There are many uses for Global Positioning Systems (GPS)—in cars, computers, phones—but it seems the first time an artist has used this kind of technology to make art in America is happening right now on the National Mall between the Lincoln Memorial and the World War II Memorial.
Earlier this year, the Smithsonian’s National Portrait Gallery commissioned Jorge Rodríguez-Gerada, a Cuban-American artist, to create a giant earth portrait, a “facescape,” on a 900-foot by 250-foot plot on the Mall. A team installed 15,000 pegs, or stakes, in the ground, and the next step is to thread the stakes with string, in order to create a template for the placement of the soil and the sand, forming the light and dark facial features of the portrait.
To position the stakes, Rodríguez-Gerada enlisted the help—for free—of Topcon Positioning Systems, Inc. of Livermore, California. “Topcon technology is my digital paintbrush,” the artist says.
The average GPS used on our phones is relatively inexpensive, but not extremely accurate. Using the GPS satellite systems and its own special components, Topcon does super-precise “GPS+” surveying for agribusiness, private commercial construction companies, cartographers and government agencies (including the U.S. Army and Navy).
“To take just one example, farmers need exact locations to put down seeds, spray pesticides or build routes for tractors,” says Scott Langbein, the director of product marketing at Topcon. “We show them how to do that—and save them time and fuel.”
Now the company has volunteered to help with a piece of earth art.
Rodríguez-Gerada spent this summer creating a composite drawing of the faces of 50 young Washington, D.C. males in order to make his landscape portrait. Then he gave the final artwork to Topcon.
“What we did was to bring his image into the digital world and scaled it from the drawing, using the same techniques we would use to build a road or a bridge,” says Mark Contino of Topcon, who has worked with the artist on this project from the beginning. “A month ago we did a construction surveying program.” Essentially, Topcon was mapping the portrait on the site.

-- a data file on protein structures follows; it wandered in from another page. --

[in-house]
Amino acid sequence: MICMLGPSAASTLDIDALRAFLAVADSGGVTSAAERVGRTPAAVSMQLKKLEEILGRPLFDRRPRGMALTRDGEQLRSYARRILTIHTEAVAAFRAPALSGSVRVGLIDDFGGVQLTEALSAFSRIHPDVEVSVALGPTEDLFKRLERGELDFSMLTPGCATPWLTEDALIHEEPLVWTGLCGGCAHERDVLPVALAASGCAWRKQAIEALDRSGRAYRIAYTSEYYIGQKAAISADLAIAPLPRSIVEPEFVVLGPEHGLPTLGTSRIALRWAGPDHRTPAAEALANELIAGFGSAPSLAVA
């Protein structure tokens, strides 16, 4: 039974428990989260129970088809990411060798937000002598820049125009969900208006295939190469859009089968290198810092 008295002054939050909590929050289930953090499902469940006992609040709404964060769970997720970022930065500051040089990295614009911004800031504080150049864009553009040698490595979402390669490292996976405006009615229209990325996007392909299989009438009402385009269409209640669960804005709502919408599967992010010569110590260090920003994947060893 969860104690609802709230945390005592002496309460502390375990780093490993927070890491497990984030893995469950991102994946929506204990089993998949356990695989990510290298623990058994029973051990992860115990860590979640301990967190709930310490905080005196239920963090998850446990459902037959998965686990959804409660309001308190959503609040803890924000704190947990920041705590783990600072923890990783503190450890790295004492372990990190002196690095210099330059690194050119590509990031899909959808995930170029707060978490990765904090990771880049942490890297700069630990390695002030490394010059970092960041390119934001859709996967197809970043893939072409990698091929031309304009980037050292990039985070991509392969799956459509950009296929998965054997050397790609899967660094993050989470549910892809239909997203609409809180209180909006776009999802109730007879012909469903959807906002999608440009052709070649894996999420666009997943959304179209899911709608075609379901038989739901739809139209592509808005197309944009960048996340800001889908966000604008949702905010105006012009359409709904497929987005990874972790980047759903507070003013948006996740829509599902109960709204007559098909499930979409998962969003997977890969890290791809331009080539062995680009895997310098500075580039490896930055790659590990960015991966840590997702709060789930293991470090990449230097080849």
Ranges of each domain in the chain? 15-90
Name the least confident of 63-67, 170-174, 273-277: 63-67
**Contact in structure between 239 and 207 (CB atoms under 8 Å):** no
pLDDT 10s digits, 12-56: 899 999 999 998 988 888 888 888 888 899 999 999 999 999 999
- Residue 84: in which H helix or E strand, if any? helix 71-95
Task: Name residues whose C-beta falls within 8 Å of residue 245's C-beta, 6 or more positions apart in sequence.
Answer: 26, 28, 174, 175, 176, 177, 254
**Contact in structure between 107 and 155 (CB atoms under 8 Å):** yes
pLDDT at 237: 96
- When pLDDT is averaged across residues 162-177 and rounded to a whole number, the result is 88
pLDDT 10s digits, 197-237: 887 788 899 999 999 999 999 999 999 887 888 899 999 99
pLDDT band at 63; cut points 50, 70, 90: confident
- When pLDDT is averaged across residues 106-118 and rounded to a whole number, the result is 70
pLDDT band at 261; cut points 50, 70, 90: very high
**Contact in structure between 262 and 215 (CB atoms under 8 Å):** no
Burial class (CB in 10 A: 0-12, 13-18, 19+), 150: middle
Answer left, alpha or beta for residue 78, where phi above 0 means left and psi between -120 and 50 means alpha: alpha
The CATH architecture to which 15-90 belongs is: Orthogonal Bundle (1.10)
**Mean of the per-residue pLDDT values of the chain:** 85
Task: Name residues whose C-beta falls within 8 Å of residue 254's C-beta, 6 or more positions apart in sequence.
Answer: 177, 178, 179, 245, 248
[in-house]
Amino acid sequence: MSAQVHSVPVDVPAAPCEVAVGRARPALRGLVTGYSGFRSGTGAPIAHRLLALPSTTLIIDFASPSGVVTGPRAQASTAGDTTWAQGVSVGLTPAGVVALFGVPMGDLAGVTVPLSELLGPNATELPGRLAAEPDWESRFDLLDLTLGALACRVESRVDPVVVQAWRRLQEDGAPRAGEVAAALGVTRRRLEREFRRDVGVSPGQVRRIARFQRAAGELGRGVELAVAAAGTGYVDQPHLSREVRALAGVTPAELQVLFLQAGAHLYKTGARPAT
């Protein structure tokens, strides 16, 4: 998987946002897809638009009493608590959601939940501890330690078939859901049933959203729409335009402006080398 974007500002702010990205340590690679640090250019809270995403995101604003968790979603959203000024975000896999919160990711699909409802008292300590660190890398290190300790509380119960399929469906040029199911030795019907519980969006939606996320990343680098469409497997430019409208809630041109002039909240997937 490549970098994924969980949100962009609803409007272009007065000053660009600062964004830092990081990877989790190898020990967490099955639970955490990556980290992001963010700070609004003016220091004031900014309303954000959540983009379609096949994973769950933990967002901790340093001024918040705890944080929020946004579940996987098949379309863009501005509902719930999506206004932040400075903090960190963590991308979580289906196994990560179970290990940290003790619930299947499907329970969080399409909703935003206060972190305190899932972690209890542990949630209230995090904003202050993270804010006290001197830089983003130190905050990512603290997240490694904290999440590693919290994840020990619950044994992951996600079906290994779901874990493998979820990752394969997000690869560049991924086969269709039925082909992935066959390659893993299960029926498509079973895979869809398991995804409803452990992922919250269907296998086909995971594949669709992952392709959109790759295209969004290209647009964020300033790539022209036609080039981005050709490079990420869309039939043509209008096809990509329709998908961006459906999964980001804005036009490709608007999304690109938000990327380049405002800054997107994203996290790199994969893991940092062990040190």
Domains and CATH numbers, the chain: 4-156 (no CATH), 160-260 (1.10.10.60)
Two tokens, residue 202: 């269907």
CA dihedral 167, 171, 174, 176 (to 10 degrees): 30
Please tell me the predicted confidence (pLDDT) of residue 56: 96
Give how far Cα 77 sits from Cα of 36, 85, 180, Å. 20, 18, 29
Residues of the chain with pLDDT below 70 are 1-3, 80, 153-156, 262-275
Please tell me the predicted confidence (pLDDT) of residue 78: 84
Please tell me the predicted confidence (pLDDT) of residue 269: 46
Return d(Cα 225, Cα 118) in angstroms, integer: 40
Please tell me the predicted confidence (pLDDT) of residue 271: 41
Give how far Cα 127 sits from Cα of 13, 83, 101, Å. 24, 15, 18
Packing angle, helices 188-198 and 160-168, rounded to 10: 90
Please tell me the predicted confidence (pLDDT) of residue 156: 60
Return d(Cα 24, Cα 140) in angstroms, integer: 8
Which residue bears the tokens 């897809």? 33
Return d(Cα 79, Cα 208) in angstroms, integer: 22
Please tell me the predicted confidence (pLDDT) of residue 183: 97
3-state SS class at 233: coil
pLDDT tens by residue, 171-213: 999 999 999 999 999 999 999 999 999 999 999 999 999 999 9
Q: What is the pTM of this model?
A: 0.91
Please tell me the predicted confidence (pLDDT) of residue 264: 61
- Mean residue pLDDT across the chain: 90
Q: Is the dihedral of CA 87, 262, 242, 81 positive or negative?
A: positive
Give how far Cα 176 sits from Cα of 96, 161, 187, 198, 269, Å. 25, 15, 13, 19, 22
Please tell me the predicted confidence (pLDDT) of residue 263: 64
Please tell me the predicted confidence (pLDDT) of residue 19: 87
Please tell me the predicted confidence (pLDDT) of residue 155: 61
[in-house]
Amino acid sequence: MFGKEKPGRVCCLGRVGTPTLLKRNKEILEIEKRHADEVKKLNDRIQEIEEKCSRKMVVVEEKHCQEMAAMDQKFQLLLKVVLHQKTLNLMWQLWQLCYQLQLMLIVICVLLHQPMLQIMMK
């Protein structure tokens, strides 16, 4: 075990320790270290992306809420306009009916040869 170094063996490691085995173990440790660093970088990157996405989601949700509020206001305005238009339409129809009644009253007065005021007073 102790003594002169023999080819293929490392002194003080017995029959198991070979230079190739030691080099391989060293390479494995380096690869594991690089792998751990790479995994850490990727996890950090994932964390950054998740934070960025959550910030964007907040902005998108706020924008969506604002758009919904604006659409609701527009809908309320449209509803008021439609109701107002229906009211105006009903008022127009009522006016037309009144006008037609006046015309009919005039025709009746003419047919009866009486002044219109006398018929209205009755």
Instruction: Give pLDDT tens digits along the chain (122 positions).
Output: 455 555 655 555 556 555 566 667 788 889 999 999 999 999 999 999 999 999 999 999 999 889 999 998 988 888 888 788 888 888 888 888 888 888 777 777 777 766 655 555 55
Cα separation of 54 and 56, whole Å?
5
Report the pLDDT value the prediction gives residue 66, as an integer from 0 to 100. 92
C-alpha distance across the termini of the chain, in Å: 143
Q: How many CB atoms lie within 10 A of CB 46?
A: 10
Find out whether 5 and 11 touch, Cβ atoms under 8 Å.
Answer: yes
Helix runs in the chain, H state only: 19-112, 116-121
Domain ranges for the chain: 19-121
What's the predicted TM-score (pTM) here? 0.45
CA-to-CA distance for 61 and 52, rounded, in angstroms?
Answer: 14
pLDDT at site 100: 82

“We use the same GPS signals, but we use a lot more and better high-precision components,” Contino explains. “If you are building a subdivision in a field, for example, first you locate trees, hills and streams. This information goes back into a CAD program in your computer so the architects and engineers can design a digital map for the subdivision that goes back into the field. Someone then has to follow that survey to put stakes in the field to indicate where the roads will go.”
“We used the same technology for Rodríguez-Gerada’s project,” he continues. “We created a series of vector lines, using XYZ coordinates of the art work on latitudinal and longitudinal axes. We have a fixed base station on the site that sends out a GPS correction signal every second.”
The Clark Construction Company, which will actually move the dirt and sand to create the image on the ground, has 22 volunteer field engineers to do the mapping before the earth moving. Topcon trained each in less than a day on how to use its precision GPS receiver called a HiPer SR in receiving the signals from the base station. It is a unit the size of a salad plate that is mounted on a pole.
The volunteer takes a HiPer SR and a computer with him to the site to locate the precise locations to hammer the stakes into the ground. The HiPer SR receives signals from the base station every second, with instantaneous corrections. As each volunteer walks around with his HiPer SR and computer, he can find, to within half an inch, the exact spot to place a stake.
Whereas the GPS on a phone is accurate only to within 30 feet of a destination, Topcon, by utilizing advanced GPS techniques with the HiPer SR, can locate the spot to within a pinkie’s width.
“If you think of the earth as a big piece of graph paper, we are the pencils,” Contino says. “We make the marks on the paper, and all of a sudden you see the shape emerge as we put more and more points down. We use our technology to take the design out into the real world.”
Incredibly, it will take Clark’s 22 field engineers fewer than 10 days to place more than 8,000 “mapping” stakes on the 6-acre site. Now that is science in the service of art.